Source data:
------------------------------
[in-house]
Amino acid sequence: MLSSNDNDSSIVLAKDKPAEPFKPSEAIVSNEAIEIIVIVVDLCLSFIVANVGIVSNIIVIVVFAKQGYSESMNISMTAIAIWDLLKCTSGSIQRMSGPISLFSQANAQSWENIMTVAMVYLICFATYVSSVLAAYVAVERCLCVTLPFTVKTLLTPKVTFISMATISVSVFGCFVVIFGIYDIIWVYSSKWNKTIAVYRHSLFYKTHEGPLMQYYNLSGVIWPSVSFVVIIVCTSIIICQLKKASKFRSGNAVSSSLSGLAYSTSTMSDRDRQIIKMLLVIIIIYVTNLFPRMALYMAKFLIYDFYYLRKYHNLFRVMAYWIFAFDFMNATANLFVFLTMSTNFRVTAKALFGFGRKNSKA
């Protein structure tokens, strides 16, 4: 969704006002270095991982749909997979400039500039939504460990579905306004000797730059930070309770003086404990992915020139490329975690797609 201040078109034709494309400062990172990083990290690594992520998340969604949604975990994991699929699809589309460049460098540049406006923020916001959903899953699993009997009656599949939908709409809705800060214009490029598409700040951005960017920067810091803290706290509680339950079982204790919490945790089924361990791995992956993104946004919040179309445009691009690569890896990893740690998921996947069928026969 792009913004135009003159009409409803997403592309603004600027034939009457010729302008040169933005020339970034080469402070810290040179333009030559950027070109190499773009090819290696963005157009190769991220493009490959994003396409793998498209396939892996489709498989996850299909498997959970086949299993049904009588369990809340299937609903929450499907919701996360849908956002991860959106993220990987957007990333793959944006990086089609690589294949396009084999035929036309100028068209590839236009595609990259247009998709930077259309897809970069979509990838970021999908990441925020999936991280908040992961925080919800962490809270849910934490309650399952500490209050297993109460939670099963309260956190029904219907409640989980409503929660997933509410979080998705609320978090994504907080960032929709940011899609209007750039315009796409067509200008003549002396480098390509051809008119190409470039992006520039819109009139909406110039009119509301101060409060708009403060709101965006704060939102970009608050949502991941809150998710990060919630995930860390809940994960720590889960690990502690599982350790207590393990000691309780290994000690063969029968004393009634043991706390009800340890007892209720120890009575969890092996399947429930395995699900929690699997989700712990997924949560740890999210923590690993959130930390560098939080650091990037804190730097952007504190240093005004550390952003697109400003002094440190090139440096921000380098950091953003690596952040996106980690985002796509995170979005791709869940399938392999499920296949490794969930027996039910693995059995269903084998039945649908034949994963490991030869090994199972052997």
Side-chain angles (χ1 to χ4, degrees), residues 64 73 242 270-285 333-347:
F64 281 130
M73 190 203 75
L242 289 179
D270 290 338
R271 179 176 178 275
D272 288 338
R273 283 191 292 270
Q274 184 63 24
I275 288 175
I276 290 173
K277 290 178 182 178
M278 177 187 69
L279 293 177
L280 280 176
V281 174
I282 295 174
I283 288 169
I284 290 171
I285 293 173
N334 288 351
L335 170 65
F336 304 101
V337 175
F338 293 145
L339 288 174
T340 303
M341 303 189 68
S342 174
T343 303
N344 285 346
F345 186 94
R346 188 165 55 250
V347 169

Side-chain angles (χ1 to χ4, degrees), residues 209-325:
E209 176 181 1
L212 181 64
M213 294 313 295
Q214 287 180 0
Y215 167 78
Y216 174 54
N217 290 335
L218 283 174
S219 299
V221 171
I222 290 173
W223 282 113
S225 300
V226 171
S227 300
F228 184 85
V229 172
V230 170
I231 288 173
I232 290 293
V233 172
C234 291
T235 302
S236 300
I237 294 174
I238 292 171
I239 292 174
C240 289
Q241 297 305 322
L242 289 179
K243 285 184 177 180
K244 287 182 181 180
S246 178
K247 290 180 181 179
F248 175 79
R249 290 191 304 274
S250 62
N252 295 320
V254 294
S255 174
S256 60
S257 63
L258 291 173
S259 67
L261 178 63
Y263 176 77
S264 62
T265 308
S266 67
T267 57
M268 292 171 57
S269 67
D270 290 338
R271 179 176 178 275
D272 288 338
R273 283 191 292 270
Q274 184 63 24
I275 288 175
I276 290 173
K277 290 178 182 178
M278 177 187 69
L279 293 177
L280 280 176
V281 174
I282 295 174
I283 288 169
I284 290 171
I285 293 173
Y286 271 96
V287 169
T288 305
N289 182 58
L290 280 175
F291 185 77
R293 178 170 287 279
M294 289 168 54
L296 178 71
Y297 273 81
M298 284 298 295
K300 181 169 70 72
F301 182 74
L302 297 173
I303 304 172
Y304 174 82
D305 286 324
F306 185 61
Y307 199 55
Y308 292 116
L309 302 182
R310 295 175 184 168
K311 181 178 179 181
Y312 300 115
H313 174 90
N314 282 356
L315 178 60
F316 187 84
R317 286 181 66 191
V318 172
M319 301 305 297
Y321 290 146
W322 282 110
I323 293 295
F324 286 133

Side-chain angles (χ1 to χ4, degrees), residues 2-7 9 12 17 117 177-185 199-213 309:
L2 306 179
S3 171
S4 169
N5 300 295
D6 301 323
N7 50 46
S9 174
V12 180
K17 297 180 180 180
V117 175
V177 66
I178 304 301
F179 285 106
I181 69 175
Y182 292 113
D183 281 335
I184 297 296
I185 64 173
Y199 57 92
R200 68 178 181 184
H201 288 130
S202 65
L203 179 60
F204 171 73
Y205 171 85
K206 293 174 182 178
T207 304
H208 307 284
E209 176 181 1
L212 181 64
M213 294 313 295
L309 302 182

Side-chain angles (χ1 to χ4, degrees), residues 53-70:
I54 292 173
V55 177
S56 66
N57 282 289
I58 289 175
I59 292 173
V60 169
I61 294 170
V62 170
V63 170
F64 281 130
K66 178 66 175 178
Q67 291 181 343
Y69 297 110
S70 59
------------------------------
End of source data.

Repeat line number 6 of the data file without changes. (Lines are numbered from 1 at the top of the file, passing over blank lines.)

M73 190 203 75